Ousted Vatican bank president raps Pope on Amoris Laetitia
June 26, 2017
In an unusually blunt criticism of Pope Francis, the former president of the Vatican bank has written that in Amoris Laetitia, the Pontiff is in effect saying, “I can contradict myself if I want to.”
Ettore Gotti Tedeschi, who was ousted in May 2012 from his post as president of the Institute for Religious Works, ripped into the apostolic exhortation in an essay for the Italian journal La Verita. He said that the Pope is intent on creating a “new Catholic morality,” in contradiction to previous Church teachings. He also faults the Pope for refusing to meet with the four cardinals who have pleaded for clarification of the document.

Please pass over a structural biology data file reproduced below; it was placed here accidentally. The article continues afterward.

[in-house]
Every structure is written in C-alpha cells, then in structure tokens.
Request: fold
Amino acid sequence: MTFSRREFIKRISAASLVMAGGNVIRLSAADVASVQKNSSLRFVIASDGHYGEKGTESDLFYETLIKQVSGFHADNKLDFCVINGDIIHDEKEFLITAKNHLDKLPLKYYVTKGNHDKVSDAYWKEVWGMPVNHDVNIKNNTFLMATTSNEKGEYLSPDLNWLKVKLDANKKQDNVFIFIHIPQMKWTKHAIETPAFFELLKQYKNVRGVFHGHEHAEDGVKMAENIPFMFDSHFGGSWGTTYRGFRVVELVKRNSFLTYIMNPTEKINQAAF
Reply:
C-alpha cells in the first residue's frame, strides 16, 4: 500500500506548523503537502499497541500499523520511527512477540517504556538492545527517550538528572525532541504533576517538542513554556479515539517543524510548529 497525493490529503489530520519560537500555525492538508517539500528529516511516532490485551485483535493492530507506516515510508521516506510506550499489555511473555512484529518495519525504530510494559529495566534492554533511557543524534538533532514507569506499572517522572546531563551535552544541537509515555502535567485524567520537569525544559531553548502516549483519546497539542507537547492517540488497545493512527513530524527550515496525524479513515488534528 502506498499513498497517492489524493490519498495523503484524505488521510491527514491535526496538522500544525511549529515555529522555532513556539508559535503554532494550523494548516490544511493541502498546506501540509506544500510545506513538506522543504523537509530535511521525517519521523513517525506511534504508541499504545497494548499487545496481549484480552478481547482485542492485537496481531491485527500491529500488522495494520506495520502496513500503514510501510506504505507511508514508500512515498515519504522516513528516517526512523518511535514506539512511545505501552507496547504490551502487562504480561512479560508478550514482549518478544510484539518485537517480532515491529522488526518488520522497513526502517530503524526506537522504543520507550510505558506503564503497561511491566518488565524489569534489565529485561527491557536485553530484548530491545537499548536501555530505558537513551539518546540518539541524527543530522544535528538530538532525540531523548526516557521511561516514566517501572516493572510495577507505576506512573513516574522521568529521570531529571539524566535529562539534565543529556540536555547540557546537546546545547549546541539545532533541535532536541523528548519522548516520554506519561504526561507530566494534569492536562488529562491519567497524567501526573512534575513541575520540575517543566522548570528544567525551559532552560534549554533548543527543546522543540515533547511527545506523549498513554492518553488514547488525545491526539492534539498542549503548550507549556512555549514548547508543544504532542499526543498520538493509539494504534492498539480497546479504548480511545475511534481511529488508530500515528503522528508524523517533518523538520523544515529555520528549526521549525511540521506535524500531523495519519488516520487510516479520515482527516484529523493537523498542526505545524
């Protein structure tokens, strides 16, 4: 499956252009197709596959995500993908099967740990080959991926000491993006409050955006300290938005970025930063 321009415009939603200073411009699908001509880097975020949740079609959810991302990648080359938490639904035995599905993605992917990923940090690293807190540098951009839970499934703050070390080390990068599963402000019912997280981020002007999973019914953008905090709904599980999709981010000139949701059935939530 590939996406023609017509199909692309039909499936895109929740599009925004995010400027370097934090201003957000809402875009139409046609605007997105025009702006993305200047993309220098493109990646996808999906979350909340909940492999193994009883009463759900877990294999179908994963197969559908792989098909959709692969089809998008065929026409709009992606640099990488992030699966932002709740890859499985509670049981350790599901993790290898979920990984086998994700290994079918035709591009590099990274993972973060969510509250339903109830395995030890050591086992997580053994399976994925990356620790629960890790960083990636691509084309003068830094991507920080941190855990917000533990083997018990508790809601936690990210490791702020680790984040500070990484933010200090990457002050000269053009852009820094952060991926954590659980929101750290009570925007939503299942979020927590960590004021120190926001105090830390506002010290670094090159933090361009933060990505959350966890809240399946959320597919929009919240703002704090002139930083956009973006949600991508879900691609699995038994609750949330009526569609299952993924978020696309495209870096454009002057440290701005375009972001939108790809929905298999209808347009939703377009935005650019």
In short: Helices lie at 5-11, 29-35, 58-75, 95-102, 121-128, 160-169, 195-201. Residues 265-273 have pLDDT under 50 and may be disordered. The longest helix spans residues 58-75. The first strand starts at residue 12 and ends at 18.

Gotti Tedeschi notes that in Amoris Laetitia (297) the Pope writes: “No one can be condemned for ever, because that is not the logic of the Gospel!” Here the former Vatican banker argues that according to Pope Francis, “eternal damnation would seem to have become a heresy.”
Gotti Tedeschi—who was removed from his Vatican post months before the election of Pope Francis—had been mildly critical of the Pope’s environmental encyclical, Laudato Si‘, but otherwise has not engaged in public criticism of the Pontiff since his departure.
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Posted by: Randal Mandock -
Jul. 01, 2017 12:13 PM ET USA
I wonder how many bishops wish they could speak "truth to power" as this layman has done. His article is hard hitting and explains once again the reason for the dubia.
Posted by: brownjudith2930 -
Jun. 27, 2017 12:31 AM ET USA
Posted by: feedback -
Jun. 26, 2017 6:52 PM ET USA
Being ousted employee and a layman keeps Gotti Tedeschi safe from ecclesiastical repercussions.